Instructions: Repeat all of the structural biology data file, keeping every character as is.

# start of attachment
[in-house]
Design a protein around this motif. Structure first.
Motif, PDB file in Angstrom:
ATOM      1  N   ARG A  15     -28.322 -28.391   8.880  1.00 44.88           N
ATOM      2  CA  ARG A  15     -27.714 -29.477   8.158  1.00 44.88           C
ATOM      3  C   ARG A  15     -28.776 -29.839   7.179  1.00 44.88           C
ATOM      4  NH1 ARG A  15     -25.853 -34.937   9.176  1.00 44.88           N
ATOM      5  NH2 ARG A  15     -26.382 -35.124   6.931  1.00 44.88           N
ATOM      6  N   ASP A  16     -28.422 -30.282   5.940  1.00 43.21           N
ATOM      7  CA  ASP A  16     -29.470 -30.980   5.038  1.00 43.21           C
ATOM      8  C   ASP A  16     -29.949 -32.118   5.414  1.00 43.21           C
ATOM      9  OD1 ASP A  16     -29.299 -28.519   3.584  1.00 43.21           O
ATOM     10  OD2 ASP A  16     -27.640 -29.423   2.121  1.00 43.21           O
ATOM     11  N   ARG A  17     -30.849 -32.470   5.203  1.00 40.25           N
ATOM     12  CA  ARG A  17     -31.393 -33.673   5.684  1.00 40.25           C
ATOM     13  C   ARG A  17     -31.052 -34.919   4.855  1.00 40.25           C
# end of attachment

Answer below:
[in-house]
Design a protein around this motif. Structure first.
Motif, PDB file in Angstrom:
ATOM      1  N   ARG A  15     -28.322 -28.391   8.880  1.00 44.88           N
ATOM      2  CA  ARG A  15     -27.714 -29.477   8.158  1.00 44.88           C
ATOM      3  C   ARG A  15     -28.776 -29.839   7.179  1.00 44.88           C
ATOM      4  NH1 ARG A  15     -25.853 -34.937   9.176  1.00 44.88           N
ATOM      5  NH2 ARG A  15     -26.382 -35.124   6.931  1.00 44.88           N
ATOM      6  N   ASP A  16     -28.422 -30.282   5.940  1.00 43.21           N
ATOM      7  CA  ASP A  16     -29.470 -30.980   5.038  1.00 43.21           C
ATOM      8  C   ASP A  16     -29.949 -32.118   5.414  1.00 43.21           C
ATOM      9  OD1 ASP A  16     -29.299 -28.519   3.584  1.00 43.21           O
ATOM     10  OD2 ASP A  16     -27.640 -29.423   2.121  1.00 43.21           O
ATOM     11  N   ARG A  17     -30.849 -32.470   5.203  1.00 40.25           N
ATOM     12  CA  ARG A  17     -31.393 -33.673   5.684  1.00 40.25           C
ATOM     13  C   ARG A  17     -31.052 -34.919   4.855  1.00 40.25           C